The Madara rider

The Madara rider

A rock relief located in Northeast Bulgaria, probably carved at the end of the 7th century.

Visual Arts

Keywords

cavalryman, relief, rock relief, rock, Madara, World Heritage, Bulgaria, Middle Ages, medieval, Tengri, Mithra, Tervel, Justinian II, Krum, Omurtag, 7th-8th centuries, history of art, symbol, artistic work, history, ruler

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Scenes

  • - The rock relief is carved into a cliff near the village of Madara in Northeast Bulgaria. It is located at a height of 23 m (75.46 ft).

The Madara Rider is the only surviving early medieval rock relief in Europe. Located on the Madara Plateau in Northeast Bulgaria, it was carved into an approx. 100 m (328.1 ft) high cliff, at a height of 23 m (75.46 ft). It was probably created at the turn of the 7th and 8th centuries.

The relief is thought to depict a triumphant ruler defeating the enemy. According to some researchers, the composition symbolizes power and the first Bulgarian state.

In 1979, the site was added to the UNESCO World Heritage List. This extraordinary rock relief has since become one of the symbols of Bulgaria. The Rider has been featured on Bulgarian Lev coins, and in 2008, Bulgarians chose it to be depicted on future Bulgarian Euro coins as well.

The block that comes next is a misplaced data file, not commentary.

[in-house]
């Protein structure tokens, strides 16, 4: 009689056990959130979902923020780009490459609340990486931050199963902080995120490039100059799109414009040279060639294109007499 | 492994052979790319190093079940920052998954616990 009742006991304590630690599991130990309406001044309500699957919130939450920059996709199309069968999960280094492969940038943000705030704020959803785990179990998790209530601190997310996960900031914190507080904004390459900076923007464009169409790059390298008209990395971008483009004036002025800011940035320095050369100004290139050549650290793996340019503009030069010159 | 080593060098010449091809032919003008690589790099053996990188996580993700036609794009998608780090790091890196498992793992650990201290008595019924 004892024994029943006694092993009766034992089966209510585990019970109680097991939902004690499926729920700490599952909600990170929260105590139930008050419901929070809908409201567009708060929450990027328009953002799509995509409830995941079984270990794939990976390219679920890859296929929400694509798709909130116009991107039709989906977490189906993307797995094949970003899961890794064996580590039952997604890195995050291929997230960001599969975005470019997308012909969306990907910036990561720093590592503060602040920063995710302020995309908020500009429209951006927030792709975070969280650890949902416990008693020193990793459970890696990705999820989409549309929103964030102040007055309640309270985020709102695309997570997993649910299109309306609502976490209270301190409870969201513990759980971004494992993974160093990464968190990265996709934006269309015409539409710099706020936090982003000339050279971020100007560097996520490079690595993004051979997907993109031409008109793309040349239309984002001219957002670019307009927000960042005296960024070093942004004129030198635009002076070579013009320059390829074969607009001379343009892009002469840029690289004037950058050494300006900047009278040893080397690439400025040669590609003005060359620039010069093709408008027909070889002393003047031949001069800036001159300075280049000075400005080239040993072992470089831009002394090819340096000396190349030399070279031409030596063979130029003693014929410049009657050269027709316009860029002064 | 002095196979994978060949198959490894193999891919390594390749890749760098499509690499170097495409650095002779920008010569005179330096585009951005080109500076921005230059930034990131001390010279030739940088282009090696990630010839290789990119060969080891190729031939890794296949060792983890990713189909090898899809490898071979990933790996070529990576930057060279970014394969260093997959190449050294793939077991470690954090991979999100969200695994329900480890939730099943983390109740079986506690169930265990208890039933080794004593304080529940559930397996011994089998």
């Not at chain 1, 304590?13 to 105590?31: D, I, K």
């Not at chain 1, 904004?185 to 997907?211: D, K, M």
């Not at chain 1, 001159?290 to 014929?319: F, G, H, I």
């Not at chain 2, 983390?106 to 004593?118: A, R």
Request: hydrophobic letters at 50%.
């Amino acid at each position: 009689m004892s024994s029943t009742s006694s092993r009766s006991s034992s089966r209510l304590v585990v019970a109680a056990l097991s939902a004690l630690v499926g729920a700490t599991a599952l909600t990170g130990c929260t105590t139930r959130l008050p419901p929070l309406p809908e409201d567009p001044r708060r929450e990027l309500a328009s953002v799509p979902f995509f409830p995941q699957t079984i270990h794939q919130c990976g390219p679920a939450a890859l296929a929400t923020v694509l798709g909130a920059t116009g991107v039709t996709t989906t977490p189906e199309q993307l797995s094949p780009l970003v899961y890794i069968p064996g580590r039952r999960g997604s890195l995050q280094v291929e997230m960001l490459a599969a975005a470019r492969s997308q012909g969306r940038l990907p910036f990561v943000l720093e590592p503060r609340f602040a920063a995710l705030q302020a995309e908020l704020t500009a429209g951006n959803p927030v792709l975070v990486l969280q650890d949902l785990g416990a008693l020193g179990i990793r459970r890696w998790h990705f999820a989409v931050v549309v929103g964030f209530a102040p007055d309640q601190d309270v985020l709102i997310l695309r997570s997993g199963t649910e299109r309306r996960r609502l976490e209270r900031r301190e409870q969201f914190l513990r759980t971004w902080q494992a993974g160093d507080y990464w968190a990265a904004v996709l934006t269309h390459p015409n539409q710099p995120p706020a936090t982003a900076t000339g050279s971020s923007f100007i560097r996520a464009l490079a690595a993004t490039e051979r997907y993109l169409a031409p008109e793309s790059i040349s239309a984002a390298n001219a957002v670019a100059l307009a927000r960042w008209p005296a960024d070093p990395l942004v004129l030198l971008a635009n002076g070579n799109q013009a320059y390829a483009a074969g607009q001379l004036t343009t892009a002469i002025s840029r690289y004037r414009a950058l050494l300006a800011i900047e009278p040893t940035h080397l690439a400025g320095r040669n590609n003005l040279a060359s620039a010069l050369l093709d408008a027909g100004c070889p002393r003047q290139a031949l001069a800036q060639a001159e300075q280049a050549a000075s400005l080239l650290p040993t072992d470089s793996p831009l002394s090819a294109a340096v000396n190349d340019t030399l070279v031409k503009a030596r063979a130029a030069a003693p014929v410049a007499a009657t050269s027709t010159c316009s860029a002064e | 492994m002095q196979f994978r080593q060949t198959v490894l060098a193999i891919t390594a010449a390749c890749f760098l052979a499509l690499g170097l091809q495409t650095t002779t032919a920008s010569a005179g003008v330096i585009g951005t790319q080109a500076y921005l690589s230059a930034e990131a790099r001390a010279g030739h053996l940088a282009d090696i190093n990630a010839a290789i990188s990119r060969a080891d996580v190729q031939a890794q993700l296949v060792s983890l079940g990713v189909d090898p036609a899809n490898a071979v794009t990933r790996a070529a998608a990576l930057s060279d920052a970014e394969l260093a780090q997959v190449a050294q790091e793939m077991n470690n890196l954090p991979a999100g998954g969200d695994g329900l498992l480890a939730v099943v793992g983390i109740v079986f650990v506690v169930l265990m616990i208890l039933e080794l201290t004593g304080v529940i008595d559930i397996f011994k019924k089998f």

The Madara Peak on Livingston Island one of the South Shetland Islands, Antarctica was named after the historic site of Madara.

  • - It symbolizes the defeated enemy.

Narration

The Madara Rider is the only surviving early medieval rock relief in Europe. Located on the Madara Plateau in Northeastern Bulgaria, it was carved into an approx. 100 m (328.1 ft) high cliff, at a height of 23 m (75.46 ft). It was probably created at the turn of the 7th and 8th centuries.

The relief is thought to depict a triumphant ruler defeating the enemy. Several theories exist about this exceptional work of art. According to one, the horseman represents the Turkic chief deity Tengri, while others identify it with the Iranian deity Mithra. According to the most widely accepted view, however, the rider depicts Tervel, the Bulgar Khan.

In 1979, the rock relief was added to the UNESCO World Heritage List. This extraordinary rock relief has since become one of the symbols of Bulgaria.

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